No matter what your business is selling, regardless of the industry, the target audience, the vertical, the geography or the combination of all the above, one thing remains central to it – and in fact can make or break it.
And that’s none other than offering the right levels of customer support to all your customers as well as (or perhaps especially) prospective clients. Getting it right is something with a double meaning. On one hand you don’t want to leave anyone unsatisfied but on the other you need to balance offering customer support with the other aspects of your business – and do it all within the 24 hours of the day too.
Fortunately, the past couple of years a number of tools have been developed which have allowed business to offer support in much more efficient ways than were available in the pre-internet days. So here is a number of tools for your business to consider.
Plain old email
Actually this amazing invention has perhaps all the advantages for the job. It’s as asynchronous as you want it to be – you can answer immediately upon receiving it or as late as a day or a week after it, depending on its priority and your resources. You can include as much or as little information in it and of many formats (links to videos, e-book content or simple free form text to cover the most demanding recipient). It’s free and anyone with computer literacy can handle it. It’s traceable and can be archived for reference and reuse. What more could you ask for?
These day people are familiar with chat and want it also in their more business-like or official functions. Chat is immediate and allows for that instant gratification both your customer and you want for them. It’s especially suited for quick and easy issues which customers want short clarifications for and in cases where pausing for a day to wait for an email answer is not an option.
Careful though – stating IM support and never being available at it is very bad manners. There’s many ways to do it Olark or similar custom infrastructure on your own website (esp. helpful for prospective clients), offering your Skype, Gmail or other IM chat handles are both good ways to answer those quick questions.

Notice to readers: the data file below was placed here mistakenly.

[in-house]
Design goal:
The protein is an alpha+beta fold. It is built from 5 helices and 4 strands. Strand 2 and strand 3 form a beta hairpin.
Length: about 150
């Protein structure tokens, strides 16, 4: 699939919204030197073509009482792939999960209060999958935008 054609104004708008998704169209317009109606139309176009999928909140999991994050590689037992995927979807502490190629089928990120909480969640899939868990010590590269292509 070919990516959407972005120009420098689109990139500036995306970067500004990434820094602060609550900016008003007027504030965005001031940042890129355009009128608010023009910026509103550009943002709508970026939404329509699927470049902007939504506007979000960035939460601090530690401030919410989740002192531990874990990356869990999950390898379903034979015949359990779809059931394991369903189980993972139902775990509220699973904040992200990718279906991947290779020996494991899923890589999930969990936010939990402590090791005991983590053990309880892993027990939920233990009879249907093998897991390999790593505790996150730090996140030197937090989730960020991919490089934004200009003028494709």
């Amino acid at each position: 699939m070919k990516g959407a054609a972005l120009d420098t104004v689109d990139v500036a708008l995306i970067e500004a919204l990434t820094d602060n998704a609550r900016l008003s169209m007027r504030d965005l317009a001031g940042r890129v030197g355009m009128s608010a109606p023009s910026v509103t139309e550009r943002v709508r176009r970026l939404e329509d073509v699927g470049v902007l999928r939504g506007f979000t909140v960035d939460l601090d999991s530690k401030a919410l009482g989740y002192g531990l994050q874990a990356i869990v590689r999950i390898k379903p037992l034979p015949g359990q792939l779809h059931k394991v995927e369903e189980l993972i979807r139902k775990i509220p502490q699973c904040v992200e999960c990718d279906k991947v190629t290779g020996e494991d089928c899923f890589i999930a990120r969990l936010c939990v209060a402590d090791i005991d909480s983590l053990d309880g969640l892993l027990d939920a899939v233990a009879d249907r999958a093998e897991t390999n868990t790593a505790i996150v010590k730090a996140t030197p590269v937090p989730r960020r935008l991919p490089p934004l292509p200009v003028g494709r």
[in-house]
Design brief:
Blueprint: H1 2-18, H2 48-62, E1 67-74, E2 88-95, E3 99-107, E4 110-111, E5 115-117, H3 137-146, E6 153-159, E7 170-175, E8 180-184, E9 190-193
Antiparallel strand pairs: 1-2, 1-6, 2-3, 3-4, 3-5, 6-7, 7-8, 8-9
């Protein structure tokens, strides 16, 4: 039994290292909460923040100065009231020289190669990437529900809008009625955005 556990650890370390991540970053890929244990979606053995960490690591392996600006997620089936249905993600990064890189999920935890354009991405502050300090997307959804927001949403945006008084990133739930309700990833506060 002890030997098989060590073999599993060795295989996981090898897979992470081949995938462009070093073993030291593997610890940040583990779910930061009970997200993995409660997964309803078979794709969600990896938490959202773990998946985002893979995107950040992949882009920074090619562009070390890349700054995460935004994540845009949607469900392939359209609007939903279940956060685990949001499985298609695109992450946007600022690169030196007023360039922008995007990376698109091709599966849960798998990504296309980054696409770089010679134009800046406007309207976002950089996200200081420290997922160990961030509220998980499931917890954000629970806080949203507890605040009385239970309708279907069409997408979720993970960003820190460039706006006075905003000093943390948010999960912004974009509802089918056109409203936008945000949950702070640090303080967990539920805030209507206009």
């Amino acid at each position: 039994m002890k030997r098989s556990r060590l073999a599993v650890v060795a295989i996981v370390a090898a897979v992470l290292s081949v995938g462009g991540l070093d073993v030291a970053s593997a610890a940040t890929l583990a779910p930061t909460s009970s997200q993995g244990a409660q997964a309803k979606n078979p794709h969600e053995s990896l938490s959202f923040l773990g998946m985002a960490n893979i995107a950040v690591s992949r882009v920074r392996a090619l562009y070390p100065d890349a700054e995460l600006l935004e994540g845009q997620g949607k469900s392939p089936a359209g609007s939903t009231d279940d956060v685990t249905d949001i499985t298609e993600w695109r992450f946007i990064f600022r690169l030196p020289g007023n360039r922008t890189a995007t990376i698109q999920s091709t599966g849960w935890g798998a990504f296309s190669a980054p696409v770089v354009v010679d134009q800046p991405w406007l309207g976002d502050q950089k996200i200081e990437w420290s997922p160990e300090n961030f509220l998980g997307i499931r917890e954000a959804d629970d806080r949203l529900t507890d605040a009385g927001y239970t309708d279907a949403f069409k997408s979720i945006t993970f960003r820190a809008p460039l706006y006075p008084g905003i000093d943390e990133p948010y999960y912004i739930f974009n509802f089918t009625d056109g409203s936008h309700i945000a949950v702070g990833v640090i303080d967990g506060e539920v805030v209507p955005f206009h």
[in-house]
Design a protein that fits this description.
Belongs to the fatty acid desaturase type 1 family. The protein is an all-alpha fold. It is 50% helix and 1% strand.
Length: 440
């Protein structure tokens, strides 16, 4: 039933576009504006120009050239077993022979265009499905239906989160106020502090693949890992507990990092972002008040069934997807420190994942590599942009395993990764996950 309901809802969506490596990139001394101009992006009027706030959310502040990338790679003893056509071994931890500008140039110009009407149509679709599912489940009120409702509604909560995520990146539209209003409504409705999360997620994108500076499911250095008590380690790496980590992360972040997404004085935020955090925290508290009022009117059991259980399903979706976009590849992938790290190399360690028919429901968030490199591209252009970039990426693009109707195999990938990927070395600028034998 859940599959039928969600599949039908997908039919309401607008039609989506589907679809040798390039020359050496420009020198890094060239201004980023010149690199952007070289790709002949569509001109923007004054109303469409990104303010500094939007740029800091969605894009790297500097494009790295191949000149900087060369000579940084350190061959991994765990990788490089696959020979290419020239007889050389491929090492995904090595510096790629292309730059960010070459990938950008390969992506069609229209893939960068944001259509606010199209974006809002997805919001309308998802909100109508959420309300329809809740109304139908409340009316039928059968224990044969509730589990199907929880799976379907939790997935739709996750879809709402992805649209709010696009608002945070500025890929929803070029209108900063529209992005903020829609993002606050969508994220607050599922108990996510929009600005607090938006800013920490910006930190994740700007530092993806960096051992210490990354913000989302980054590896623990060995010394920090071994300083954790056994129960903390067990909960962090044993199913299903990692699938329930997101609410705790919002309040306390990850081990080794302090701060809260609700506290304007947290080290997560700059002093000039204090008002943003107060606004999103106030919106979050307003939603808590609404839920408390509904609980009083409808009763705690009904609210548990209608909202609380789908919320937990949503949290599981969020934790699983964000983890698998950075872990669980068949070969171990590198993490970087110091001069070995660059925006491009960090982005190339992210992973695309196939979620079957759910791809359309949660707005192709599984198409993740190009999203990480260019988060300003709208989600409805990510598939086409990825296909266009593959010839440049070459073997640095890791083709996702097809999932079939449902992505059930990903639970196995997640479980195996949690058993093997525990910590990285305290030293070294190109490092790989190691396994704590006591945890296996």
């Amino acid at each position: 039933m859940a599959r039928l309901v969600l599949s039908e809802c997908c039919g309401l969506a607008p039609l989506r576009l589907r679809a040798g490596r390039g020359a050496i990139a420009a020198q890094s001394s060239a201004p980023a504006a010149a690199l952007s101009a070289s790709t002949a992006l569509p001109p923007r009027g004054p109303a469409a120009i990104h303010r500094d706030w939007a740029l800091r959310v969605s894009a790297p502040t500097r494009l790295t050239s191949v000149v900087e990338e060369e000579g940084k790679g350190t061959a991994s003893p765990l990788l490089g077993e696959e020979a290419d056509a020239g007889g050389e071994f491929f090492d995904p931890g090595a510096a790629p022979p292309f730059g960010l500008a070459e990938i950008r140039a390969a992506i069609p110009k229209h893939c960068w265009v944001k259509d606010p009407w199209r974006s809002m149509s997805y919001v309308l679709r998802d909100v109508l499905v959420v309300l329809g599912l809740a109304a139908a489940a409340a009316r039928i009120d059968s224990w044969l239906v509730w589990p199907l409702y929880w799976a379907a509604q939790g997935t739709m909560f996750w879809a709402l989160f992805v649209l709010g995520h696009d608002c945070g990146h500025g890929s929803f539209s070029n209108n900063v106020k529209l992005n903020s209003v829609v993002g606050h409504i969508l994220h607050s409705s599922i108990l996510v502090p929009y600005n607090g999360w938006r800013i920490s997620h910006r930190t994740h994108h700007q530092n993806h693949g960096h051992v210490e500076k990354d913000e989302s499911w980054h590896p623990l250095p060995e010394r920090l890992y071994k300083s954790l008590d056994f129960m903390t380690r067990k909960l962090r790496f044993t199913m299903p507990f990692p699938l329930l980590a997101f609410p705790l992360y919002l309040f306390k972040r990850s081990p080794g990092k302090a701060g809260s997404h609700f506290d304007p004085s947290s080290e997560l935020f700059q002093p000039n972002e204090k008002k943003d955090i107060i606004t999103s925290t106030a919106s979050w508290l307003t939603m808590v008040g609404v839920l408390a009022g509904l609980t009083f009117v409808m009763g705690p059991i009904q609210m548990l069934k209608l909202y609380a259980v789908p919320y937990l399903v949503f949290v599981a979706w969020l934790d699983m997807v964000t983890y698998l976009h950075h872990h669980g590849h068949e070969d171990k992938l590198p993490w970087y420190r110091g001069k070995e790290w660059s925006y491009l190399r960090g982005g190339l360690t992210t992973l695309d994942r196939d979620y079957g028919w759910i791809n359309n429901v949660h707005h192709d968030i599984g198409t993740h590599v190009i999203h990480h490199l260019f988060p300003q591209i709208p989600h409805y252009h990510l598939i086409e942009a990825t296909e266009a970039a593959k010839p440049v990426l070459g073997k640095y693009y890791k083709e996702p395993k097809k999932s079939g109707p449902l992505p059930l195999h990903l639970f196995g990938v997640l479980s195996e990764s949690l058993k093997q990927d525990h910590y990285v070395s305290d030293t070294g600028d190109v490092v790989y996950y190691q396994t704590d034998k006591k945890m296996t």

Community & Helpdesk software
Setting up a Uservoice, Zendesk or similar infrastructure is the most advanced approach. It involves setting up an initial knowledge base and creating a community around it which can essentially support answer questions for you. Anyone with an issue can refer to the knowledge base and find their answer instead of addressing your staff. If that’s not possible they can ask the community forming around your business – and only if that fails too will they fall back to your employees’ (or your) precious time.
Of course creating that community is a challenge in the beginning. And sure you can miss some of that business along this funnel but the tradeoff in efficiency is worth a lost client here and there.
Video or Voice
Finally the most direct but also costlier (in time and money) is none other than allowing people to contact you over the phone, in Skype voice or a Google Hangout. While as immediate and direct as it gets it’s usually something very few companies can afford to spend time on. It might be worth doing in the beginning where every customer counts or for very important/premium customers but eventually it’s a huge investment to offer face time to all your clients. But it’s also the most effective (especially if combined with a screen sharing method of addressing customer problems).
Ideally all four approaches can be put in place and see what works better. In any case certain people are more comfortable with one method compared to the other and as such it’s a good idea to support all four methods if possible.